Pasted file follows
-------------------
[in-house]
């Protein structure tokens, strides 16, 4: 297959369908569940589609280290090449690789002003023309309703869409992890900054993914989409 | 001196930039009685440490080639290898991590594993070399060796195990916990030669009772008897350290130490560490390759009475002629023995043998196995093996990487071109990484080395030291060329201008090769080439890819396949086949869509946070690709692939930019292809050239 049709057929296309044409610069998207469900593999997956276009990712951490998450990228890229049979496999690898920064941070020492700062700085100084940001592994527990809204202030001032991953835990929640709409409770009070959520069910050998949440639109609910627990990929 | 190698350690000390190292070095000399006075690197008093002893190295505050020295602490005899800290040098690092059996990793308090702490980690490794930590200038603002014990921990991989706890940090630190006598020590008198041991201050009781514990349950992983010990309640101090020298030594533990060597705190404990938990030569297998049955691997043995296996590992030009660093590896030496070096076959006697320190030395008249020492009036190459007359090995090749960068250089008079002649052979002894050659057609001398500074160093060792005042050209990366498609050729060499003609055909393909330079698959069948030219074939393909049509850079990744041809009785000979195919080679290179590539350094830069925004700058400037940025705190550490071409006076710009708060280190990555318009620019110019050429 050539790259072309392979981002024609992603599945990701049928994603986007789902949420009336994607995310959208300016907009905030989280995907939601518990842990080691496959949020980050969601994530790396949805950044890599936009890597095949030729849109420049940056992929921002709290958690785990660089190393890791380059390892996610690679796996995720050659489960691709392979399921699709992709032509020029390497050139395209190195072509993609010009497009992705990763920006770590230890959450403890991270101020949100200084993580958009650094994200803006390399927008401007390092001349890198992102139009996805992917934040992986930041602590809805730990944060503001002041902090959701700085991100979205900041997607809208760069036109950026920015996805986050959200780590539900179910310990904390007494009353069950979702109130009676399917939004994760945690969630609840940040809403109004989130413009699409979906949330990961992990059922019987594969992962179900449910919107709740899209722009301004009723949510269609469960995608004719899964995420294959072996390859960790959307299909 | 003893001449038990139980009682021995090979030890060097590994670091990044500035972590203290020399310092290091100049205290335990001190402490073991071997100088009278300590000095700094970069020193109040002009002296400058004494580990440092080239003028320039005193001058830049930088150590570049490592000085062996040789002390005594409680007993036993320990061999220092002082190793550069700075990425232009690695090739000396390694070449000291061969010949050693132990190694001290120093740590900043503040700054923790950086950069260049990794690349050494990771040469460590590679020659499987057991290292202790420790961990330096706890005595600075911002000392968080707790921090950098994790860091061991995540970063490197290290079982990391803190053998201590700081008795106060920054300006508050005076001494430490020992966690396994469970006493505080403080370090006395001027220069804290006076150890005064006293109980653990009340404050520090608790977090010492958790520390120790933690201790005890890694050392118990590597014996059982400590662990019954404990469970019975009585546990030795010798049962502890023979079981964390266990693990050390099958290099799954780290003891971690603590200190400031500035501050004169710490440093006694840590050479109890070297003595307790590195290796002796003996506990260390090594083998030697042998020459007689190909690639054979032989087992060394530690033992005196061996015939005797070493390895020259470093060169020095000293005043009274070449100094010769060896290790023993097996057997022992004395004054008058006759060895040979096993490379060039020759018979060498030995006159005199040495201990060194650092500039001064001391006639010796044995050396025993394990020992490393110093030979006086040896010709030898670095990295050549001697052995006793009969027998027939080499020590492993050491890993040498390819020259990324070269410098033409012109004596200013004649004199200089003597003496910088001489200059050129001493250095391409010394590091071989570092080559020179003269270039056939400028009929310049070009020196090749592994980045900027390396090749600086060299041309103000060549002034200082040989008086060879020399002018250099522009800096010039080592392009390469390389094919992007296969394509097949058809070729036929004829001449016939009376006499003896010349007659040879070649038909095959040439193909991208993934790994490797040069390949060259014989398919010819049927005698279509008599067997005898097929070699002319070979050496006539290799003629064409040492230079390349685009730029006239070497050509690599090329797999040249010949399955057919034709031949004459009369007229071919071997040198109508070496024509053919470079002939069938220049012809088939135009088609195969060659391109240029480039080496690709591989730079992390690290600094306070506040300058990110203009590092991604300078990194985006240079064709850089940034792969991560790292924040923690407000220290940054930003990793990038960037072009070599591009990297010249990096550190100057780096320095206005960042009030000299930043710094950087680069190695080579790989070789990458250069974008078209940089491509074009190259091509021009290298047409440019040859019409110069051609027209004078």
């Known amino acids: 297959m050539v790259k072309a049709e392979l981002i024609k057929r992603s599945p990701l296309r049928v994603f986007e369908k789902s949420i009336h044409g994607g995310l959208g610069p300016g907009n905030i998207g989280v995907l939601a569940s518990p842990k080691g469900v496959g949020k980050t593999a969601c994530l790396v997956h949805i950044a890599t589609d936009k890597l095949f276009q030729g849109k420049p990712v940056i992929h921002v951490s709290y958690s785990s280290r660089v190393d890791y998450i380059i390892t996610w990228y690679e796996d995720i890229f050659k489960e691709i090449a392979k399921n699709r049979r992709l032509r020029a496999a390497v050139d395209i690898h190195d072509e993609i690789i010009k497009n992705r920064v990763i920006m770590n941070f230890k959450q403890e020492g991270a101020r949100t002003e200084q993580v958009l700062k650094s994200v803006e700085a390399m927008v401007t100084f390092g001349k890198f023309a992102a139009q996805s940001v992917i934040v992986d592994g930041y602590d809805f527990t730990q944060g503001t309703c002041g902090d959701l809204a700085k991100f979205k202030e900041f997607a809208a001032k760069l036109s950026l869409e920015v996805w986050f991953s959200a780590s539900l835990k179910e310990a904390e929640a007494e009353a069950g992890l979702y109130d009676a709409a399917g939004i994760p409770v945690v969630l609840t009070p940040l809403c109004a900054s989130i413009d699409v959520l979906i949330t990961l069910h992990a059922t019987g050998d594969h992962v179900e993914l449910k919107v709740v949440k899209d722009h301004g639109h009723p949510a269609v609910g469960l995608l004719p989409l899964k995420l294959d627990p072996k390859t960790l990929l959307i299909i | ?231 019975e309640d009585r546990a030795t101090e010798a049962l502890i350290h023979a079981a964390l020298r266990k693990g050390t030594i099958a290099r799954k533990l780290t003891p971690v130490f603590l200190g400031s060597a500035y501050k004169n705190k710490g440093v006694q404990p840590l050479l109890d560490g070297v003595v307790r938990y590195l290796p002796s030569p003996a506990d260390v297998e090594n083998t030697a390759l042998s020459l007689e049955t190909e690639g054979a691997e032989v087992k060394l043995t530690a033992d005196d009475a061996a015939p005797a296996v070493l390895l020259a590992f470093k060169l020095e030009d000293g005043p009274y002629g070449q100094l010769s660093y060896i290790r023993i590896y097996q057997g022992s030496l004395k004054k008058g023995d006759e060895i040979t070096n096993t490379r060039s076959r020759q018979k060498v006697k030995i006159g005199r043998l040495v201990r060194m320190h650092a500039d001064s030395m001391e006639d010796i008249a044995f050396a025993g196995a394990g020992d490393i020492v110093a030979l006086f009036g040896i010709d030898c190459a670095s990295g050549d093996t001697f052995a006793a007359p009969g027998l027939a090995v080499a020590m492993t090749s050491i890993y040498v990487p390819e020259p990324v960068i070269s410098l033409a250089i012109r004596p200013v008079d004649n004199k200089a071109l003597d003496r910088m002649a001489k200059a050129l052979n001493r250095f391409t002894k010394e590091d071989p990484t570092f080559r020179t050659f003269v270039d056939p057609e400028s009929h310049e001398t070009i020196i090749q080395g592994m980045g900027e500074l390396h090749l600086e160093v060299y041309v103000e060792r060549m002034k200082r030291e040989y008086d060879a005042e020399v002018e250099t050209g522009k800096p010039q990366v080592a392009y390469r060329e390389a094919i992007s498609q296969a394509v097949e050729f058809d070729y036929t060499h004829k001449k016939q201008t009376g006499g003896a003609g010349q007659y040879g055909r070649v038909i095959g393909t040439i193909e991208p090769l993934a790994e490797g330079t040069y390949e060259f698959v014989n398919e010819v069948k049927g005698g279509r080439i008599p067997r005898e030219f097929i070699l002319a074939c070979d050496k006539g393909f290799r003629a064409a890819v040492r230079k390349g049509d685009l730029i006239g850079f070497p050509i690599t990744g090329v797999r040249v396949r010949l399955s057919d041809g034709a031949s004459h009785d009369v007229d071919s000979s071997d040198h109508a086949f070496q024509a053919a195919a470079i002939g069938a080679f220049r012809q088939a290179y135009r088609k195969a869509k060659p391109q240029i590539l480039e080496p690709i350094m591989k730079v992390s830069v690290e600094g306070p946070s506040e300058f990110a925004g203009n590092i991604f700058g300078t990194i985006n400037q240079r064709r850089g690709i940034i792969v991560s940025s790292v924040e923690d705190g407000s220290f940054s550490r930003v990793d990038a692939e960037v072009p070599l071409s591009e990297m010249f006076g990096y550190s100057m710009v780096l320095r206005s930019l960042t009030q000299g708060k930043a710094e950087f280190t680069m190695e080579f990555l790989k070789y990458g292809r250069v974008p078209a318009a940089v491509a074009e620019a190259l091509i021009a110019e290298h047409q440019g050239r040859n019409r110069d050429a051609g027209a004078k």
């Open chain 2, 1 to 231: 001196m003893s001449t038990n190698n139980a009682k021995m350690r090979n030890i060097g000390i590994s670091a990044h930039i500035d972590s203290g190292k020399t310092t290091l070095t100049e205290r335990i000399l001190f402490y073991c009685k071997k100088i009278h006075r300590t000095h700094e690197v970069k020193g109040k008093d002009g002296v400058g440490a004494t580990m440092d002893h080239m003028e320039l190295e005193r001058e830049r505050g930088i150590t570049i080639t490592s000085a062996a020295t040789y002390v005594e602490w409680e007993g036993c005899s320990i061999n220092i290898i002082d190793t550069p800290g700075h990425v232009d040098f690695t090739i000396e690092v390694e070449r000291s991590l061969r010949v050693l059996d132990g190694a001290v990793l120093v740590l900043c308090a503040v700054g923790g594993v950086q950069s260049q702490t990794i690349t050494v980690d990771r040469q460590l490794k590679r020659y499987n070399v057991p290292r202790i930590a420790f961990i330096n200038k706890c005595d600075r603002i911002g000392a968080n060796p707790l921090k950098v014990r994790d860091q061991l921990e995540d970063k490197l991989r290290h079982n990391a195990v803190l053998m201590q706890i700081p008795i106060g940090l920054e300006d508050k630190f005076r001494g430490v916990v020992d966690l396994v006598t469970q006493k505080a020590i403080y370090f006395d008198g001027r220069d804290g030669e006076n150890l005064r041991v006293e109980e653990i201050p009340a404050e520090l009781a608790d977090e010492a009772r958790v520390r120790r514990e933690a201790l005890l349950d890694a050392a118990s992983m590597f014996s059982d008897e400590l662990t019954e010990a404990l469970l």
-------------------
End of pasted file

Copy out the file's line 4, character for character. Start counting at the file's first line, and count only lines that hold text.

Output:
């Open chain 2, 1 to 231: 001196m003893s001449t038990n190698n139980a009682k021995m350690r090979n030890i060097g000390i590994s670091a990044h930039i500035d972590s203290g190292k020399t310092t290091l070095t100049e205290r335990i000399l001190f402490y073991c009685k071997k100088i009278h006075r300590t000095h700094e690197v970069k020193g109040k008093d002009g002296v400058g440490a004494t580990m440092d002893h080239m003028e320039l190295e005193r001058e830049r505050g930088i150590t570049i080639t490592s000085a062996a020295t040789y002390v005594e602490w409680e007993g036993c005899s320990i061999n220092i290898i002082d190793t550069p800290g700075h990425v232009d040098f690695t090739i000396e690092v390694e070449r000291s991590l061969r010949v050693l059996d132990g190694a001290v990793l120093v740590l900043c308090a503040v700054g923790g594993v950086q950069s260049q702490t990794i690349t050494v980690d990771r040469q460590l490794k590679r020659y499987n070399v057991p290292r202790i930590a420790f961990i330096n200038k706890c005595d600075r603002i911002g000392a968080n060796p707790l921090k950098v014990r994790d860091q061991l921990e995540d970063k490197l991989r290290h079982n990391a195990v803190l053998m201590q706890i700081p008795i106060g940090l920054e300006d508050k630190f005076r001494g430490v916990v020992d966690l396994v006598t469970q006493k505080a020590i403080y370090f006395d008198g001027r220069d804290g030669e006076n150890l005064r041991v006293e109980e653990i201050p009340a404050e520090l009781a608790d977090e010492a009772r958790v520390r120790r514990e933690a201790l005890l349950d890694a050392a118990s992983m590597f014996s059982d008897e400590l662990t019954e010990a404990l469970l």